High frame rate UHD lossless, can you view it?

Discussion in 'Digital Video' started by Boomhowler, Jan 30, 2017.

  1. Boomhowler macrumors 6502

    Feb 23, 2008

    I'm currently evaluating what hardware that is needed to run a high bitrate, 50 fps 2160p (3840x2160, UHD, 4k, what you want to call it) encoded with either ffv1 or h264-lossless. I tried it on several computers, both OS X and windows (and linux) and nothing I've encountered yet have managed to play it out even on 24fps.

    The encoded bitrate (using ffmpeg with llv1 or libx264 -crf 0 or 1, with -pix_fmt yuv420p so it is chroma subsampled.. "easy" :D ) is more than 2 Gbps, so quite taxing.

    If someone would like to try it I could provide you with either the encoded file (~3GB) or a link to the online .png-files with command line encoding settings.
  2. joema2 macrumors 68000


    Sep 3, 2013
    2 Gbps is 250 megabytes/sec -- not including any OS I/O, file system overhead, and assuming Time Machine, Spotlight Indexing and nothing else is running on that volume. However that is within reach of a fast disk array.

    But hardware capability means nothing if the playback software does not fully harness that and manage all system resources required for smooth playback. E.g, it might require issuing overlapped I/Os to build up a queue so the disk subsystem is fully utilized. It also might require allocating very large memory buffers and careful management of buffer logic in the playback software, and multithreaded handling of the disk requests, incoming data, H264 decoding, display processing and user inputs. Testing of that software would require close attention to latency at multiple points when reading, processing and displaying that data stream.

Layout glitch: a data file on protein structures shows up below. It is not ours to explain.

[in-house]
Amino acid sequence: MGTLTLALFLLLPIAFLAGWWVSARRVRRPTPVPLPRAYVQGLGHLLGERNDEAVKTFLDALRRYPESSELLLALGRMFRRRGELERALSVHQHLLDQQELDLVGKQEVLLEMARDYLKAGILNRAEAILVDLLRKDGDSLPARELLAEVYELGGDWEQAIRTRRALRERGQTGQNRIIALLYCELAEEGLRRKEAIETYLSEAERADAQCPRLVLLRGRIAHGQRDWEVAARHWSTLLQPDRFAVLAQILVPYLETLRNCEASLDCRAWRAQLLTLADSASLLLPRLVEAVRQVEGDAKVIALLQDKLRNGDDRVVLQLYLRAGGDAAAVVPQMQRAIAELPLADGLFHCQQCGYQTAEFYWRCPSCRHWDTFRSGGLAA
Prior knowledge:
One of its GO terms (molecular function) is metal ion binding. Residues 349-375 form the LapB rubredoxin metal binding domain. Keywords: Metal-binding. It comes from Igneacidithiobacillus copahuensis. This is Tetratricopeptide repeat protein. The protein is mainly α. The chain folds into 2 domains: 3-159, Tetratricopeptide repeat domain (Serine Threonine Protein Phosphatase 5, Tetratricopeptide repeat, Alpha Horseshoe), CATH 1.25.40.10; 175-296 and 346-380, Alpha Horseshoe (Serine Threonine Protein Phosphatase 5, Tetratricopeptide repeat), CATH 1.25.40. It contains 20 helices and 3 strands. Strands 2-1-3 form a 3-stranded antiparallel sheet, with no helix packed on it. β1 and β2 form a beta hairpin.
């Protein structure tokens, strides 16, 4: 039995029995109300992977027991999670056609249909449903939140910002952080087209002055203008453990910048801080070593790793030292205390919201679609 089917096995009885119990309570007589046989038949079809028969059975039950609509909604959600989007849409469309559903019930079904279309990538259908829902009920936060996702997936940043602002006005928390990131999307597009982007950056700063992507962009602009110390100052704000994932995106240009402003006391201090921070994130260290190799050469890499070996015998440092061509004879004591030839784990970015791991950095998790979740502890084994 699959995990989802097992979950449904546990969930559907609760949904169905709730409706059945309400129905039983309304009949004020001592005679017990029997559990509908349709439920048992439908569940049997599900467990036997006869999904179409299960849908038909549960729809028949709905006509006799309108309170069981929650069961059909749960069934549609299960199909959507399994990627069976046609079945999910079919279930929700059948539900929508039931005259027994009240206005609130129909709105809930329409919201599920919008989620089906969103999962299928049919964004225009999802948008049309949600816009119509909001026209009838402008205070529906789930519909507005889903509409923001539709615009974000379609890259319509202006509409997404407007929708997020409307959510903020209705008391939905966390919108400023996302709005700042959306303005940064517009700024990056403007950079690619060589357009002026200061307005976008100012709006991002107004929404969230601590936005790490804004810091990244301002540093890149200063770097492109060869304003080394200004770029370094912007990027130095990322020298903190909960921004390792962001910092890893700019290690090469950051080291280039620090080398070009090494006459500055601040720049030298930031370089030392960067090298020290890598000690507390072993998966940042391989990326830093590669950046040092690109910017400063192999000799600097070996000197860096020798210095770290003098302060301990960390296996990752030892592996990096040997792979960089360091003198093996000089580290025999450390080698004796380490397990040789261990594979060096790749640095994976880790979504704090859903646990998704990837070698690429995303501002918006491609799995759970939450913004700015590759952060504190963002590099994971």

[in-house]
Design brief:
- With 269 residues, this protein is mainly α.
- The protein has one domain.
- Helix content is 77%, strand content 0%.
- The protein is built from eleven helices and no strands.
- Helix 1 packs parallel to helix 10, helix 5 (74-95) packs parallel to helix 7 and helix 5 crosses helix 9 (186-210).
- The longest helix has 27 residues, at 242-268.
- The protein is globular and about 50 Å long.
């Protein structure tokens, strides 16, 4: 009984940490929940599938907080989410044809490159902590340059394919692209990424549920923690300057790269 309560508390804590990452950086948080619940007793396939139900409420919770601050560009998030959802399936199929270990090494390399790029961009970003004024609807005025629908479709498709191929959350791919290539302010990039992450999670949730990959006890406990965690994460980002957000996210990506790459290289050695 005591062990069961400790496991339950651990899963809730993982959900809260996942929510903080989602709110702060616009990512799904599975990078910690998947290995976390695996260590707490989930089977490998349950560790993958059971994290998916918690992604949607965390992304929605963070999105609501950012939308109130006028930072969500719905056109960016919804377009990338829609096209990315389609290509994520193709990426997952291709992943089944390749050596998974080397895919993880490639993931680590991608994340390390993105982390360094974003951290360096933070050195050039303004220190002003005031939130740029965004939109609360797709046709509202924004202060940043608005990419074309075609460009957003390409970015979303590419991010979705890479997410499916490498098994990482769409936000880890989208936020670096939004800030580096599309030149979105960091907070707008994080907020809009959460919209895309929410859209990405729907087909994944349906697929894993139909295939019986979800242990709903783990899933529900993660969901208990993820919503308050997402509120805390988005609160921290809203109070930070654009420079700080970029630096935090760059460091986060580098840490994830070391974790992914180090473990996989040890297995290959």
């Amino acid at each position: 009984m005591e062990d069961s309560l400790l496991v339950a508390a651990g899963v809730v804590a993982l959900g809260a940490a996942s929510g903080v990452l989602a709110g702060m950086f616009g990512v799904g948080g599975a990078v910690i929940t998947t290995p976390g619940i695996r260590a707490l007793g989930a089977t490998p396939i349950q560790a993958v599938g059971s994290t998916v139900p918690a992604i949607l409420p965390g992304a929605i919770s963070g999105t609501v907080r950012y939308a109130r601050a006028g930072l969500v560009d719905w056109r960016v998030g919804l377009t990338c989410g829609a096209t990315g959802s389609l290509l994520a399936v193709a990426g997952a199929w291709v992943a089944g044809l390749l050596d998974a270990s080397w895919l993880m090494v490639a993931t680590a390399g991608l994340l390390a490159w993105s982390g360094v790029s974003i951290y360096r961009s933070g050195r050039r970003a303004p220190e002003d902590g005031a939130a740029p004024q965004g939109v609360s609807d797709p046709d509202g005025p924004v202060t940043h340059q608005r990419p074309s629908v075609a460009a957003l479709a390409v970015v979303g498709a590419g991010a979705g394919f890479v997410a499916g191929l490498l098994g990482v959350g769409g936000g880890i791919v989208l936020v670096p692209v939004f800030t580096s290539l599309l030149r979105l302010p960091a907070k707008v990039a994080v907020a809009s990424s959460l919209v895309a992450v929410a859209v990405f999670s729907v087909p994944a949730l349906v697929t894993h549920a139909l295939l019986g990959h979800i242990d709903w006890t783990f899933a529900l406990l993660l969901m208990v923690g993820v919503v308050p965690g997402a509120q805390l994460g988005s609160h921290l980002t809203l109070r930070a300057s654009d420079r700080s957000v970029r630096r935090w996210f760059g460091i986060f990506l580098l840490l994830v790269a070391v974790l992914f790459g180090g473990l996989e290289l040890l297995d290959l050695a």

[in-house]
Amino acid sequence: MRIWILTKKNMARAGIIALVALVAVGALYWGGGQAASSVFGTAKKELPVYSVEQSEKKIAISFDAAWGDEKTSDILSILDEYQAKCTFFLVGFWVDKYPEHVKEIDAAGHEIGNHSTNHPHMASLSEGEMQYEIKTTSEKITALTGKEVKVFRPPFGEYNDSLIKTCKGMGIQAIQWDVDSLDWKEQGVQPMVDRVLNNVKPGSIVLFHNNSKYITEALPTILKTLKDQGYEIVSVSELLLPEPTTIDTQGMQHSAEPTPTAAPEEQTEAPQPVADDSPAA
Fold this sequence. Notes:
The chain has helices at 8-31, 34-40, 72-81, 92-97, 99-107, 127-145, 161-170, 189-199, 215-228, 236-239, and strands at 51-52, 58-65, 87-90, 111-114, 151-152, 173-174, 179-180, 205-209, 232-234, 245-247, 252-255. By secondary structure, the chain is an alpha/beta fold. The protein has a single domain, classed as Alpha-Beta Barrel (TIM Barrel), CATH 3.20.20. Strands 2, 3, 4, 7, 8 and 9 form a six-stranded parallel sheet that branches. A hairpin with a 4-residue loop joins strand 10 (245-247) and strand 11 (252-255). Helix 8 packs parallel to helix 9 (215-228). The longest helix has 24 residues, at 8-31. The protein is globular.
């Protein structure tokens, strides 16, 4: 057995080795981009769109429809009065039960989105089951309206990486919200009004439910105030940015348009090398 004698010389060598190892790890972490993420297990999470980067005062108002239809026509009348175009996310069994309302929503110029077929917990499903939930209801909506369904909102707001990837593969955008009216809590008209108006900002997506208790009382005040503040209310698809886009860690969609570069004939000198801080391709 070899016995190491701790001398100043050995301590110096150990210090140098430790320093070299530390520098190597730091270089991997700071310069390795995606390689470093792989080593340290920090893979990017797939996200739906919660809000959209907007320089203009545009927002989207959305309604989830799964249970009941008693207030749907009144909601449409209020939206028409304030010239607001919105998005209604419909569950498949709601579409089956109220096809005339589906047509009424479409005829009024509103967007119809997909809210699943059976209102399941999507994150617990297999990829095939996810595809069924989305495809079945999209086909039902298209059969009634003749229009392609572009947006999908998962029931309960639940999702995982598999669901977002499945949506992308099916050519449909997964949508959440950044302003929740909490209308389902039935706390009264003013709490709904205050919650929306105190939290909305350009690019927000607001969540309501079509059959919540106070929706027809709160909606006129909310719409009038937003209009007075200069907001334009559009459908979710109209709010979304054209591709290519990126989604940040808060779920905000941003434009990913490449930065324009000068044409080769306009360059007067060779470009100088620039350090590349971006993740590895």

Even if the I/O can be handled, likely a bigger problem the H264 encoding -- albeit intraframe. It must be decoded at an incredibly high bit rate. E.g, Youtube recommends 58-68 Mbps for 4k uploads, so you're talking about 30 times that rate.

    If you are developing a database server you devote extensive design and testing priority to items like that. Maybe the people writing VLC, Quicktime Player, etc. don't design or test extensively for those conditions, except for ProRes. Or maybe the hardware itself can't handle it or it might require Quick Sync acceleration for playback. FCPX uses Quick Sync for decode/encode, but maybe VLC/Quicktime Player don't use that or maybe Quick Sync can't handle intraframe H264 with those encoding parameters, which would drop you down to software-only decoding.

    That said, I exported some 4k content from FCPX using uncompressed 10-bit 4:2:2, producing a 5.3 Gbps bit rate. QuickTime Player seemed to play it OK from the SSD drive of my top-spec 2015 iMac 27. It also played smoothly that same content exported as ProRes 4444HQ, which is 1.4 Gbps. But all these cases uses either no compression or visually lossless compression (ProRes 4444HQ).

    I am guessing the H264 decoding code path in your playback software is either not optimized for this case or the hardware cannot handle the decoding at that rate.

    I would try your clip but I don't want to download a 3GB file. Is there any way you can provide a smaller sample?
  3. Boomhowler thread starter macrumors 6502

    Feb 23, 2008